The New England Journal of Medicine is turning 200 this year and in celebration, they have decked out their website with an array of wonderful digital experiences. MedCure exists to support the advancements in medical research and education, which has contributed to the medical discoveries you will find on NEJM.
Before we talk about the interactive tools on NEJM’s website, let us first talk about their history. I cannot say it better myself, so this is directly from one of the first journal articles of this year:
“Two hundred winters ago, in January 1812, the New England Journal of Medicine and Surgery was born. In the centuries since then, the Journal has chronicled the evolution of medicine and bioscience… although health care delivery today is vastly different from that of prior eras, the core precept of medicine — one person helping another — remains unchanged.”
The NEJM is owned and published by the Massachusetts Medical Society.
Interactive History of Medical Discoveries
NEJM has added an interactive search tool that takes you through the history of medical science and discoveries. This floating timeline begins on January 17th 1812, when NEJM’s first publication was published. It allows the user to click on a year or specific event to find out more about the history behind it. This search tool also allows you to select from different areas of medicine (General Medicine, Surgery, Pediatrics, OBGYN, Neurology/Psychiatry, Public Health, Biology/Science) and is embellished with images, pop-ups and additional resources for research.
Getting Better: 200 Years of Medicine – A Documentary that Explores the History of Medical Research and Discovery
To honor this amazing milestone NEJM has released the documentary film “Getting Better: 200 Years of Medicine”. This 45 minute film traces the history of medicine and the incredible advances that NEJM has reported in their 200 years of publishing. “We’ve made so many advances in the field of medicine over the last 200 years, and people’s lives have greatly improved as a result,” says Dr. Jeffrey Drazen, editor-in-chief of the New England Journal of Medicine. “As a journal, the New England Journal of Medicine has played a role as an observer and an informer, and this film is a reflection of what we’ve seen. As patients, we have all benefited.” The film is broken into segments allowing for a topical exploration of the history of medicine and how this vital history relates to medicine today.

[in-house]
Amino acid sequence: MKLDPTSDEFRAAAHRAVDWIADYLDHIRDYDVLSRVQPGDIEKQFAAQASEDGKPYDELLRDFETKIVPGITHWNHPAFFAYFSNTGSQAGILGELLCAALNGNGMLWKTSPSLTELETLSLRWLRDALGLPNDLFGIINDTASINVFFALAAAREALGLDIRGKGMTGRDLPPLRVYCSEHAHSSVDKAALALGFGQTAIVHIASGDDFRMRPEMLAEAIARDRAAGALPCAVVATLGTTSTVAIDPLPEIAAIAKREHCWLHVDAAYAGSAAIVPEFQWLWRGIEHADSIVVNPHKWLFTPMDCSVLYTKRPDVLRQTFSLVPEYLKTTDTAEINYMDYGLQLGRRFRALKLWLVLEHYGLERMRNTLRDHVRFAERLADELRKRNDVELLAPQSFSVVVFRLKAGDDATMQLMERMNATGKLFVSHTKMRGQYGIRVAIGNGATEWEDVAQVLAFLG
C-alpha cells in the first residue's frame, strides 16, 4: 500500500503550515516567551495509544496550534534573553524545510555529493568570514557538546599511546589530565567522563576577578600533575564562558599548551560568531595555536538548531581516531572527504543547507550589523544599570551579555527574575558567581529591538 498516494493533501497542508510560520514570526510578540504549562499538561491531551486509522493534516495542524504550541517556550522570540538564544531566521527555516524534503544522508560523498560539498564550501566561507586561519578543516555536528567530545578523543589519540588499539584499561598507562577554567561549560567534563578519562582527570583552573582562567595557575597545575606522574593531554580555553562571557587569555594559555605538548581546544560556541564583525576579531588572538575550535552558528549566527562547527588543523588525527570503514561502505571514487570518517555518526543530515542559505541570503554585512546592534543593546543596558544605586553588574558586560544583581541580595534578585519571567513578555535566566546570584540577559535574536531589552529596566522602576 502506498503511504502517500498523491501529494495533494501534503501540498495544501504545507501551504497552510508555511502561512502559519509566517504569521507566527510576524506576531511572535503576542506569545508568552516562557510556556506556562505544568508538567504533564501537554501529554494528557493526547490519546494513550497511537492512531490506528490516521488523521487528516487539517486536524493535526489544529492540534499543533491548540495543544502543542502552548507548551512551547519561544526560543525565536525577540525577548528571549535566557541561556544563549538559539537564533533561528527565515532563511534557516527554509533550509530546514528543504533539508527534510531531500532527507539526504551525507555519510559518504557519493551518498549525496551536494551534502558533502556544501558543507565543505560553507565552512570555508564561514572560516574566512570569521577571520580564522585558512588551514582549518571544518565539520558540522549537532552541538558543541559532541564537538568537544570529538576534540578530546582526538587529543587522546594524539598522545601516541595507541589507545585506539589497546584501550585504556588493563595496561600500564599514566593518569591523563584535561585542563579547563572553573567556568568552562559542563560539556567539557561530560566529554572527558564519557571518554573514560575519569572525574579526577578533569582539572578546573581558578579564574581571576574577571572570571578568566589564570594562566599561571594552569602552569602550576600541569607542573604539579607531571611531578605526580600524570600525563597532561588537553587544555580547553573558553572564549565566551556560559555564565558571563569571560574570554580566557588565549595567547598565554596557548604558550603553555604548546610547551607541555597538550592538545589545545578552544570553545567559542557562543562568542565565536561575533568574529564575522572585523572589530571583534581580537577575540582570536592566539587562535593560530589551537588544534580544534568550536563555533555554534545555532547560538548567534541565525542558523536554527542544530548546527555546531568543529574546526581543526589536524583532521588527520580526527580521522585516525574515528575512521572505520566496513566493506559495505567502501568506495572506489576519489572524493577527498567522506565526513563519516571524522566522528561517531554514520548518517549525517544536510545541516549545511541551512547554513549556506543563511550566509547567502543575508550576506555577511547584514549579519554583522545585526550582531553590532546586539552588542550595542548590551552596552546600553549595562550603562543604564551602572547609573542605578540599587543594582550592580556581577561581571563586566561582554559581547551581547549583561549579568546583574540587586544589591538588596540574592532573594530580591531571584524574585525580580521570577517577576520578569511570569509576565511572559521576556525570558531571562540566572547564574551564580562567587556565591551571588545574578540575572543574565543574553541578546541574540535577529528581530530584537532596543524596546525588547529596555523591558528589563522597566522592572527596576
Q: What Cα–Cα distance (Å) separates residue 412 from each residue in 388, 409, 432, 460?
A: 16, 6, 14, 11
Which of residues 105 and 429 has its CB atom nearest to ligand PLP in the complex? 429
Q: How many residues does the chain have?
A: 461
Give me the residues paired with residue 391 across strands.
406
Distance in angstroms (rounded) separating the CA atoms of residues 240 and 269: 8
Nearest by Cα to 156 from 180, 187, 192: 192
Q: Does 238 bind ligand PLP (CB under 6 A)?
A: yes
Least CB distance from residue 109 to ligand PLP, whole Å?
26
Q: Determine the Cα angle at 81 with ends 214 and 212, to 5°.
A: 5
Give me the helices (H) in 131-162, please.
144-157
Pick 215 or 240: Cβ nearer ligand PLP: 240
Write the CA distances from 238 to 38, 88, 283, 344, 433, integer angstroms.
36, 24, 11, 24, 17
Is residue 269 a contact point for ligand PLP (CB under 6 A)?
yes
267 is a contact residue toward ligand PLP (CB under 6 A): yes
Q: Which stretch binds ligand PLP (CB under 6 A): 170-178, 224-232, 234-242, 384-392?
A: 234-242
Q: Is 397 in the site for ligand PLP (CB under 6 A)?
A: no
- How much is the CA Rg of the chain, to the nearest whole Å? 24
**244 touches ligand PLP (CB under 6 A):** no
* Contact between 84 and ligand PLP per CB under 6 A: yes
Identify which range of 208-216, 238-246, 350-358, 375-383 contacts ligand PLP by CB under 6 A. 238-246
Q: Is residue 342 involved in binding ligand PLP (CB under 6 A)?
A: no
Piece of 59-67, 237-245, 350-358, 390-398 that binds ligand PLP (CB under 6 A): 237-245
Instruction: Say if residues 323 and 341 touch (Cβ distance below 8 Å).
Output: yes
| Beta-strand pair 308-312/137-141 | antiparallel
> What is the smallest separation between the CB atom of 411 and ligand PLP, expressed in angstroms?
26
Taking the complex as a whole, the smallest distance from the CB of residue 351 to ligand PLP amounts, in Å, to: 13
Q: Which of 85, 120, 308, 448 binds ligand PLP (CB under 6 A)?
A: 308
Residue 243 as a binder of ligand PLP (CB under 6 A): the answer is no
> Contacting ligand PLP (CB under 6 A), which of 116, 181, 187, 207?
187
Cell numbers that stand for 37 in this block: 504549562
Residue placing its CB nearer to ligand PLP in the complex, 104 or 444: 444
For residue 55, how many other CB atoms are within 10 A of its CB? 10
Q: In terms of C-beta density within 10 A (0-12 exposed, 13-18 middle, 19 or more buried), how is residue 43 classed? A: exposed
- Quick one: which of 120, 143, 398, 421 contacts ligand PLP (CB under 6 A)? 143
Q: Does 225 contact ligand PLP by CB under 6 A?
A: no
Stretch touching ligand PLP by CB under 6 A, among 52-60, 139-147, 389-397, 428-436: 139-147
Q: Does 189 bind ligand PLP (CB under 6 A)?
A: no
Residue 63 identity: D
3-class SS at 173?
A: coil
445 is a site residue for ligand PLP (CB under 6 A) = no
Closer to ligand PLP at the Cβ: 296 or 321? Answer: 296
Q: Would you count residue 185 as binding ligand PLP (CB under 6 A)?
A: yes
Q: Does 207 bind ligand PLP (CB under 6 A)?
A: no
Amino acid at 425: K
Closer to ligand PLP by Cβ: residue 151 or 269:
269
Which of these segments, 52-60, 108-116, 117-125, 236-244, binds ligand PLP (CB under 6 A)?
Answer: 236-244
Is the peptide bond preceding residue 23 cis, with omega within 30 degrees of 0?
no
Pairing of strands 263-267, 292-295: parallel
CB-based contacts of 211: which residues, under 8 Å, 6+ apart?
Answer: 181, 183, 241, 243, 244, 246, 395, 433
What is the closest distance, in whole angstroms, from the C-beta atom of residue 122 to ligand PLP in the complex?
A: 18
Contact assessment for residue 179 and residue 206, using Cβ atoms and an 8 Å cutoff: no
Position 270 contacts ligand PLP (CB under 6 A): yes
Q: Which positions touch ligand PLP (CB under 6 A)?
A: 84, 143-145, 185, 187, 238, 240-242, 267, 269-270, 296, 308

NEJM Anniversary Article Collection
Similar to the segments of the documentary, NEJM has put together a collection of articles from respected authors. Each published article tells the tale of a specific condition, disease or discovery in the 200 years of medicine that NEJM originally covered in their publication. The articles are current and explore the history of medicine, while looking at it through today’s perspective. This is a fascinating way to compare and contrast the field of medicine and brings excitement for what is in store for the future.
Read and follow these articles on the NEJM website: http://nejm200.nejm.org/explore/special-anniversary-articles/
A Picture to Tell the Story: Medicine through the Eyes of the Physician
Another interactive element on the NEJM is the Classic Images collection. This is a photo documentation of medical conditions – these images are not for the squeamish! This collection plays an important role in modern medicine by helping physicians share what they have seen and pass this crucial information onto others. Each image is linked to a pop-up (giving a description of what you are seeing) and will also take you to an information webpage about the condition or disease.
To view visit http://nejm200.nejm.org/explore/classic-clinical-images/
The New England Journal of Medicine has kept the tradition of providing current documentation of what is happening in the world of medical science and embraced the past 200 years, honoring the “generations of researchers, authors, reviewers, and editors, upon whose shoulders we stand”. NEJM has also kept up with the times, providing today’s audience with a menu of ways to connect or experience the history of medicine, while tuning into what is to come in the future of medical research and discovery.
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